Clients: LinLay Productions – Financier; Grace Lay – Executive Producer
Netflix and Shondaland have acquired worldwide rights to “Black Barbie,” a documentary that dives into the history of the first Black Barbie doll — which debuted in 1980, 31 years after the original Barbie — and three Black women at Mattel who advocated for the toy.
Directed by Lagueria Davis, “Black Barbie” debuted at this year’s SXSW and the cut of the film was met with widespread acclaim. Now, Shonda Rhimes and Betsy Beers have signed on to the team of executive producers as part of Shondaland’s overall deal with Netflix.
“Telling Black Barbie’s story has been such a personal journey and it warms my heart to celebrate the legacy of my aunt Beulah Mae Mitchell, Kitty Black Perkins and Stacey McBride Irby in our film,” Davis said in a statement announcing the acquisition. “We couldn’t have asked for better collaborators than Shondaland and Netflix to bring this story to the world.”
Davis’s personal tie to the material is the entry point to the documentary, which chronicles the Black Barbie’s journey and cultural impact. According the logline, the film examines “the importance of representation and how dolls can be crucial to the formation of identity and imagination” through the stories of Mattel insiders, consumers, cultural commentators and historians.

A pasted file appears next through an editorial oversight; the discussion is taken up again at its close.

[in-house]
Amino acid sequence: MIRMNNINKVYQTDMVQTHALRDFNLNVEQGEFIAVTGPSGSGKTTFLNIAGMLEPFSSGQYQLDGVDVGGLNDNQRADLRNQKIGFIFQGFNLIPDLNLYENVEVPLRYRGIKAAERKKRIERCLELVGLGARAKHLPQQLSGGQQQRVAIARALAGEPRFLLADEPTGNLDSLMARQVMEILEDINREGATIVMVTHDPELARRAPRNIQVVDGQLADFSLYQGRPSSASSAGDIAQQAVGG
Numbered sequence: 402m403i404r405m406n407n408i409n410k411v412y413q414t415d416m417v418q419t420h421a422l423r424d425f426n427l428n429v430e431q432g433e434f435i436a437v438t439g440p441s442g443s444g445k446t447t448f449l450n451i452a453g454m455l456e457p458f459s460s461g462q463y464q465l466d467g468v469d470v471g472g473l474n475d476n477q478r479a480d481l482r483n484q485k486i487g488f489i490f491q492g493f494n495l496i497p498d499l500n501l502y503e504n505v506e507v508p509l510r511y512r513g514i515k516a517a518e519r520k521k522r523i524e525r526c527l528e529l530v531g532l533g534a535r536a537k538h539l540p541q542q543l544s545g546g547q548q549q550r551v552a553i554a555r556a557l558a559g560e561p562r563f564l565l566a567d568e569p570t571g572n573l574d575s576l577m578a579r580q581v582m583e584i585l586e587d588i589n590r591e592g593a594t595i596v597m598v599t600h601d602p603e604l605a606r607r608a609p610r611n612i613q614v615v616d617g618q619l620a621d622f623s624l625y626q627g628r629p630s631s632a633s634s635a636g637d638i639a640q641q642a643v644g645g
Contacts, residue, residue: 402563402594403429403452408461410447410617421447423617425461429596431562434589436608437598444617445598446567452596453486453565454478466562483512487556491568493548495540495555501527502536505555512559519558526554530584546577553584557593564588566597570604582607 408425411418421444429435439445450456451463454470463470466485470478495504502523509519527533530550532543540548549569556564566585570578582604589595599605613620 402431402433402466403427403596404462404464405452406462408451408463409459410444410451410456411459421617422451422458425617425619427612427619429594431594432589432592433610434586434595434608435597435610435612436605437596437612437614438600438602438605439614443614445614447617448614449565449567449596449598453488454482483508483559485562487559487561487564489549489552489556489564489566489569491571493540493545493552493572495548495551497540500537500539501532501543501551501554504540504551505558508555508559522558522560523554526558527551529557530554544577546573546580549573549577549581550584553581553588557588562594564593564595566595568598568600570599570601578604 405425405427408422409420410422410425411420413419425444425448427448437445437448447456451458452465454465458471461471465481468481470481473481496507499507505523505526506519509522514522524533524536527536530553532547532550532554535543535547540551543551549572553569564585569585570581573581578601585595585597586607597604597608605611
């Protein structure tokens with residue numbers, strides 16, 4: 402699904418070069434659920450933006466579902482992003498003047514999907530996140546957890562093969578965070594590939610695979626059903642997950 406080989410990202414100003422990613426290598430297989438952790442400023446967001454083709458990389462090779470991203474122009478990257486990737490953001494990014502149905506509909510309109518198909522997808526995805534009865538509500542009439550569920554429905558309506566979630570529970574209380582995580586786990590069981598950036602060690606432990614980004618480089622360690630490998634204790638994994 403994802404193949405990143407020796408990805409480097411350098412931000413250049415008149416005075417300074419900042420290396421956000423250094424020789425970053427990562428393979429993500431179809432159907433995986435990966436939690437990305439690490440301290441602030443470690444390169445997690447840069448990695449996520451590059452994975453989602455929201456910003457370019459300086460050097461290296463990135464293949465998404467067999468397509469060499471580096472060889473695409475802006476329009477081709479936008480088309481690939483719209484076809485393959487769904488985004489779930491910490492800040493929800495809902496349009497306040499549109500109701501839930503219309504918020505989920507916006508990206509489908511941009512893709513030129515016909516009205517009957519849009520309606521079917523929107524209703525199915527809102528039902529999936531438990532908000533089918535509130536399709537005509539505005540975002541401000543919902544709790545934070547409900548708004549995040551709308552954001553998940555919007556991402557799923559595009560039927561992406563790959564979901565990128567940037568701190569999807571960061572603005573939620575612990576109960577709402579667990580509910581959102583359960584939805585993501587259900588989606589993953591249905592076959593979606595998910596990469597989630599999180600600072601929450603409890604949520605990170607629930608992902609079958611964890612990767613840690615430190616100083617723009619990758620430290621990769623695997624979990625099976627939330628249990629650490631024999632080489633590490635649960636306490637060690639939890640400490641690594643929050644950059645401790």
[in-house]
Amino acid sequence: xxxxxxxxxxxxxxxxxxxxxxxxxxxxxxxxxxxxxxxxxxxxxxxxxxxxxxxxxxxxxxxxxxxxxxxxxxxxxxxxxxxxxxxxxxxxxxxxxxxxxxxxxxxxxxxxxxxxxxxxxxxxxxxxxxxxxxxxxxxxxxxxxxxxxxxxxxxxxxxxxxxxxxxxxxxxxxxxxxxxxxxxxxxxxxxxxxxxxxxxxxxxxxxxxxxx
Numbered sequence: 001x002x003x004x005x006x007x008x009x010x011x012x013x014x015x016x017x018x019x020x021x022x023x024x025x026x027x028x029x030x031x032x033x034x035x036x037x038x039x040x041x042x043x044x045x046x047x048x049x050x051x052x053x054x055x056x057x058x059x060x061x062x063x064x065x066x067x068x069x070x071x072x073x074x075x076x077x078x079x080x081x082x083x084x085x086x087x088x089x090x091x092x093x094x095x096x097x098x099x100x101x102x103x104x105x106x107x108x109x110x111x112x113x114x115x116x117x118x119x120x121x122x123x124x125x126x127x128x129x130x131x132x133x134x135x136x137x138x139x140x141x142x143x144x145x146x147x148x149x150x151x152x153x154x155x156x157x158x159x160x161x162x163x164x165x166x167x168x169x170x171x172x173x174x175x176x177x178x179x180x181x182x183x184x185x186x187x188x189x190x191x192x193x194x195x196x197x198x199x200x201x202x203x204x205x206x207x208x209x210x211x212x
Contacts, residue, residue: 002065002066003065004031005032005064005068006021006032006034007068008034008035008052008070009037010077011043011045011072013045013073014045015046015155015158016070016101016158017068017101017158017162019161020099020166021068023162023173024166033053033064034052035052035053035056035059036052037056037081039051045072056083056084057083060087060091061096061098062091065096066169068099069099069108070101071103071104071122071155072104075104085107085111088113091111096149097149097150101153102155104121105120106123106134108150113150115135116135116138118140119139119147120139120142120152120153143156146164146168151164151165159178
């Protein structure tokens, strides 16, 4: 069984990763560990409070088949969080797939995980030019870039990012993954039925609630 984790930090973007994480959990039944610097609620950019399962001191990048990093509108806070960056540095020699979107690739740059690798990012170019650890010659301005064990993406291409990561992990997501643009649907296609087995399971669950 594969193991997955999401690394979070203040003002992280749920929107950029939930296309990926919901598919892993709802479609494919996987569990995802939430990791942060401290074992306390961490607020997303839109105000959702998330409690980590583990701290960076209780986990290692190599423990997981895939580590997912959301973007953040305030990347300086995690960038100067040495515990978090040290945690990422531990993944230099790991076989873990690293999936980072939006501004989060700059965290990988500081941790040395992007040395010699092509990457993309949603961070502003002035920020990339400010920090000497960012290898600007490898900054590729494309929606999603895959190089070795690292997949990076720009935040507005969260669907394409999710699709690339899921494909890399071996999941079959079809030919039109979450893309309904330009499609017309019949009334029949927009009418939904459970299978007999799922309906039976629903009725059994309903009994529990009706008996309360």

The “Black Barbie” documentary comes amid the Barbie boom, as Greta Gerwig and Margot Robbie’s live-action movie filled theaters to the tune of $1.4 billion and counting. The box office blockbuster featured a multicultural cast, but its greatest commonality with the documentary is acknowledging that not everybody loves Barbie. In fact, early in “Black Barbie,” Davis states ”I hate dolls.”
“With its deeply amusing re-creations of actual Barbie dolls sauntering into white spaces or sitting at the end of a conference room table (the only BIDOC — Black, indigenous doll of color, so to speak), the movie can be wryly playful. … But there is pain, here, too,” film critic Lisa Kennedy wrote in her Variety review, teasing the complexity of Davis’ narrative as it explores the doll brand’s relationship to diversity and inclusion and parallels to the larger society.
Writer-director Davis also produced the film for Lovely Day Films alongside Aaliyah Williams for Just A Rebel. In addition to Rhimes and Beers, executive producers include LinLay Productions’ Grace Lay and Sumalee Montano; Lady & Bird Films’ Camilla Hall; Milan Chakraborty; and Jyoti Sarda.